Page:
You can see that by adding the two lines of code (and adding the libraries to the zip file), the first start of the function takes pretty long: the AMIS_shop_decrypt function took 2.19 seconds for the first run (!). You can zoom in by clicking on one of the circles (f.e. AMIS_shop_decrypt):

AWS Shop example: Amazon X-Ray 03c AMIS shop decrypt 2

When we would have more data, than we could see a nice graph on the right, where it becomes visible how often the duration is long and how often the duration is short.

When you select “Traces” in the menu on the left after running a performance test, you will see the details of each individual call. When you group the results by “Resource ARN” you can see the results for the API Gateway, the accept function, the decrypt function and the update_db function:

AWS Shop example: Amazon X-Ray 04 X Ray traces 2

Let’s look at the Analytics part within AWS X-Ray (via the menu option in the left menu). When you click at about 400ms and then drag the mouse to the maximum, you will see the following image:

AWS Shop example: Amazon X-Ray 05 X Ray analytics 1

You can see now, that there were three traces of more than 400 ms, two of them were in the beginning of the tests and a third was at about half of the tests: these are the dark blue boxes on the timeline.

When the shop example would run in the production environment, we wouldn’t want to have all tracing data from all calls to the API Gateway. Click on Sampling in the menu and let’s first look at the default: click on the link with the name default:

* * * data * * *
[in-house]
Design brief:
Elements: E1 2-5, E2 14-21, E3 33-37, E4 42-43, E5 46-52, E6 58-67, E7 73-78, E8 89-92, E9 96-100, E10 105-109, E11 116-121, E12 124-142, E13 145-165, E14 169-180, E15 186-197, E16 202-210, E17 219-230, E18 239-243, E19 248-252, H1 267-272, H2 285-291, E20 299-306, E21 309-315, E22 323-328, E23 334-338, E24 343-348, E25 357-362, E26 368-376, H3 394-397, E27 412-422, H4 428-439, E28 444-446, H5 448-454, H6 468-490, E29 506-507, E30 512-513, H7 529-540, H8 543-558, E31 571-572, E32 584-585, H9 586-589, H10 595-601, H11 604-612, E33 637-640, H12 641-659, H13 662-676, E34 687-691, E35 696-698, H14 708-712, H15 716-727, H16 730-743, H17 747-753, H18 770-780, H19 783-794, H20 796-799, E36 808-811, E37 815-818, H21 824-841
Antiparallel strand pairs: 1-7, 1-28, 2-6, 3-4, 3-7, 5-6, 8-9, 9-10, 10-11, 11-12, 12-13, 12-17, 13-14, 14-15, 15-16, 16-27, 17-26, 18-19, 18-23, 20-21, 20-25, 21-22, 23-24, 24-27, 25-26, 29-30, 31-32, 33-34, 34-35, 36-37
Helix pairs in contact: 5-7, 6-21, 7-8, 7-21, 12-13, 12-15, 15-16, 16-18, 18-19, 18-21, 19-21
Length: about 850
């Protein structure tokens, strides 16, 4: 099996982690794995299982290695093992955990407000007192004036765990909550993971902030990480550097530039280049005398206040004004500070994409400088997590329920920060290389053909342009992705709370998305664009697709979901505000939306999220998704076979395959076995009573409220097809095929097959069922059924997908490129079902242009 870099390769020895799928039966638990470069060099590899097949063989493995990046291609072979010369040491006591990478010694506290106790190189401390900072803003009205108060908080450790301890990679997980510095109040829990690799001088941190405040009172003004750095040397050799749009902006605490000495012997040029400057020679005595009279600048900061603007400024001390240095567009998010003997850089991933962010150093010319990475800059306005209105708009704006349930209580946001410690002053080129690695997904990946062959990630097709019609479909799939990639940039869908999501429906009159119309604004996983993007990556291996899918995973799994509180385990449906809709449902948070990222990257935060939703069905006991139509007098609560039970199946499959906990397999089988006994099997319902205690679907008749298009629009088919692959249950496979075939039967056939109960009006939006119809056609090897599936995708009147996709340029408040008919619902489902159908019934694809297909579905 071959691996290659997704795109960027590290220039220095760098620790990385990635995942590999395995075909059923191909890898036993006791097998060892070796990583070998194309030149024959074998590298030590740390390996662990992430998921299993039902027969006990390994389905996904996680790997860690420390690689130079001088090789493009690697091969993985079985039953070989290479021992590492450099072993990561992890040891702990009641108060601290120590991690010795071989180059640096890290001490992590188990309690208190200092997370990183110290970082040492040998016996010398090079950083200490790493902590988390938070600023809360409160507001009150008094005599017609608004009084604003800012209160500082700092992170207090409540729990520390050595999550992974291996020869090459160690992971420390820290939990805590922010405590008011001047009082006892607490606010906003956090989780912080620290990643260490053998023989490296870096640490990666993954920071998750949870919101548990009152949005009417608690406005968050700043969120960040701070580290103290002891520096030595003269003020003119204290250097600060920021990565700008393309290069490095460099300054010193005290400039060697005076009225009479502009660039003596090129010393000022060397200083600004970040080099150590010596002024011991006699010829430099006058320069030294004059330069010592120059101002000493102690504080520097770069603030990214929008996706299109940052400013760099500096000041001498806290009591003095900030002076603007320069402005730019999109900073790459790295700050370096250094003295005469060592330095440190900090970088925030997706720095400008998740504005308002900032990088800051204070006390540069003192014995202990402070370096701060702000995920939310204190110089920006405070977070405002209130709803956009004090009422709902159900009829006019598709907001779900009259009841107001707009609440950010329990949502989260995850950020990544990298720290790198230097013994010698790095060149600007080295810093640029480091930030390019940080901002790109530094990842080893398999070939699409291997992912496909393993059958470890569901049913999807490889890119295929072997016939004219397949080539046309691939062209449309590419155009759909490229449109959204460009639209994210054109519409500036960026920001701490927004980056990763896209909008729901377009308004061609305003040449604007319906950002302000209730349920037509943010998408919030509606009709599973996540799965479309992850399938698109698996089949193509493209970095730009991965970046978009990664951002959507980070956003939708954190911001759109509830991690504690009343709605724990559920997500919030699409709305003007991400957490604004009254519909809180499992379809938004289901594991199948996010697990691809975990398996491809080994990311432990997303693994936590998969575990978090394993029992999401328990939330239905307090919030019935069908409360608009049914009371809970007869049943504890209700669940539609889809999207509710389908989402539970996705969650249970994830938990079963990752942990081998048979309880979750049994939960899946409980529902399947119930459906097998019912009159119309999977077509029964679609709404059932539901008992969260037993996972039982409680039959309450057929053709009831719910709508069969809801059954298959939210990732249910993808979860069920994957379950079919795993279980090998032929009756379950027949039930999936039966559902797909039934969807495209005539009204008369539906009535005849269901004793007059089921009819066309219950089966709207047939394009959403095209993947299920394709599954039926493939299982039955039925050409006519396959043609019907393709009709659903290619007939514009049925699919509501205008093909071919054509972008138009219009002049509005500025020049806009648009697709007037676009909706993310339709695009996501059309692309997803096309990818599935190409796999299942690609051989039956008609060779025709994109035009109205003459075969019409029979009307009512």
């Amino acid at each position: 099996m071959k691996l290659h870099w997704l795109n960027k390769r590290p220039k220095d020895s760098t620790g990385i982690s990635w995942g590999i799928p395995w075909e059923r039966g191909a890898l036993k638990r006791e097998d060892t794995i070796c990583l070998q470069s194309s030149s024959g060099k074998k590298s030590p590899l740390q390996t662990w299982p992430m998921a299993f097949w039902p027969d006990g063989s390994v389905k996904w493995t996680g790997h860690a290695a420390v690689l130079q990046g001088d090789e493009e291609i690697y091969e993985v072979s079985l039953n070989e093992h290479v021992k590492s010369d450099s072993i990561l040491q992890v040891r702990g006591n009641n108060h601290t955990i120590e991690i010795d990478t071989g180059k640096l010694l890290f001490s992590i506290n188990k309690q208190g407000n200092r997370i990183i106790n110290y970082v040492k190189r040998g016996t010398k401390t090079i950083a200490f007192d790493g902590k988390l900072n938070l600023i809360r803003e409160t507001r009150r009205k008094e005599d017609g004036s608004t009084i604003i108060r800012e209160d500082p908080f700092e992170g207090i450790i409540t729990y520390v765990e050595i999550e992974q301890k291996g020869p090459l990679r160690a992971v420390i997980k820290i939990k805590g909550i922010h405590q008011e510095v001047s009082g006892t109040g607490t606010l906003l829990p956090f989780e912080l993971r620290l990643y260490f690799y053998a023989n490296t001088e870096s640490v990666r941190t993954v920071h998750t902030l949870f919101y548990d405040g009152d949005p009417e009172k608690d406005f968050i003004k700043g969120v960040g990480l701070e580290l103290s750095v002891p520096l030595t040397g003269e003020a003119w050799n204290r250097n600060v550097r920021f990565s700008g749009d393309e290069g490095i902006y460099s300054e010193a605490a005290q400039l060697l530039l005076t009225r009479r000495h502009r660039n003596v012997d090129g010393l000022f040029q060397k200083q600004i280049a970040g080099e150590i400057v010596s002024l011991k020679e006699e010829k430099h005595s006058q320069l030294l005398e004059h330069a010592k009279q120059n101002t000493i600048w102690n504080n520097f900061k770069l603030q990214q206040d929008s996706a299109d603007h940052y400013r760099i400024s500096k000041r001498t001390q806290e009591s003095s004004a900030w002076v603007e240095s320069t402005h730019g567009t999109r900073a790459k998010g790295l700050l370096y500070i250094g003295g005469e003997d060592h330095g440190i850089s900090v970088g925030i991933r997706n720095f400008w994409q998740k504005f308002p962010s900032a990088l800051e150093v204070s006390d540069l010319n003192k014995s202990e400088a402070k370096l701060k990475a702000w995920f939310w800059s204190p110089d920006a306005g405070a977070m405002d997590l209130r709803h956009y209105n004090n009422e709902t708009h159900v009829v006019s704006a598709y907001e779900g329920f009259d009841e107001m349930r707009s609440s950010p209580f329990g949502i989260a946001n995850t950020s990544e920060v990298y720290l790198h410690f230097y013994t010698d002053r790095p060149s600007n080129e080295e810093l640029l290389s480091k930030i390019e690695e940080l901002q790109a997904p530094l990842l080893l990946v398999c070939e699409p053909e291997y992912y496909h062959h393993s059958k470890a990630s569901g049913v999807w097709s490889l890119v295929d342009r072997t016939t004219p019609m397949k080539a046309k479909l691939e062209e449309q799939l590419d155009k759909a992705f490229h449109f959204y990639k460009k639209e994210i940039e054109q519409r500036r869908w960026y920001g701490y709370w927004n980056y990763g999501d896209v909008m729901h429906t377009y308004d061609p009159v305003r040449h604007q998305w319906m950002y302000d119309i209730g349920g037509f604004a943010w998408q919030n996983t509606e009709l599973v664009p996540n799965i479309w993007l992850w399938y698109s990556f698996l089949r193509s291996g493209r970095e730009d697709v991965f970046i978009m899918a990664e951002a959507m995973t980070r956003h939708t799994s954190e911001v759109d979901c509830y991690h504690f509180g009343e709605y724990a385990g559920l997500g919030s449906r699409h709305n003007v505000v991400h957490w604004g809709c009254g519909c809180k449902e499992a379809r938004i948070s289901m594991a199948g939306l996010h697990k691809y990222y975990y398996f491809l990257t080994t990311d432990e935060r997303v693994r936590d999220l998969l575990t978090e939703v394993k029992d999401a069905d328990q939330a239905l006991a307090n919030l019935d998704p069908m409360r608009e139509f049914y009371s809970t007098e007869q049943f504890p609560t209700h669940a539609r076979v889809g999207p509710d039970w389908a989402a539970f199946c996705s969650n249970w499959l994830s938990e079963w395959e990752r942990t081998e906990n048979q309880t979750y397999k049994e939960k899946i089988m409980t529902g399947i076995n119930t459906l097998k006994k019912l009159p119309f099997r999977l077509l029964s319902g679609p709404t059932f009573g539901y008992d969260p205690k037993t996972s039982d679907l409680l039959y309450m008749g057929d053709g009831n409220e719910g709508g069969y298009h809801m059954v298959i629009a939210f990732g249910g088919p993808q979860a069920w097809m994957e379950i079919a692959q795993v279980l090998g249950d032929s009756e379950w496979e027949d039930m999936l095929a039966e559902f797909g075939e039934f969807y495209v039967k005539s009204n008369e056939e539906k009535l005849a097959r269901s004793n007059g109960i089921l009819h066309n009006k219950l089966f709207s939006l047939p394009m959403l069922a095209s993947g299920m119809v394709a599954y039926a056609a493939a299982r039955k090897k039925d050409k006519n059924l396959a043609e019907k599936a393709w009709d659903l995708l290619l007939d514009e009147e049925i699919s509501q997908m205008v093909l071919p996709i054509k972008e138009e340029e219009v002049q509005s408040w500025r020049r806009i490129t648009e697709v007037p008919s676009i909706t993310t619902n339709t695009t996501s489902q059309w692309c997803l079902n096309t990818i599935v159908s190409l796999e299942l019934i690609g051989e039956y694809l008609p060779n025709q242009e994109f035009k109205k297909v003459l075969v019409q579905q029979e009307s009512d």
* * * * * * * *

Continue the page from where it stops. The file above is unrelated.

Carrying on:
AWS Shop example: Amazon X-Ray 06 Default sampling X Ray 1

You can see now, that the number of requests that are traced, is determined by a reservoir size and a fixed rate. In the default, these are set to one and five. The reservoir size is the number of messages that are traced per second. When there are less (or equal) messages per second, all messages will be traced. In the default rule, the first message per second will always be traced. When there are more than one messages per second, then 5% of the rest will be traced as well.

AWS Shop example: Amazon X-Ray 06a Default sampling X Ray details

The matching criteria cannot be changed for the default rule. When you would create an extra rule (with a lower number than 10000), then you can use the name of the Lambda function or the name of the API Gateway as service name to have more (or less) tracing for these functions.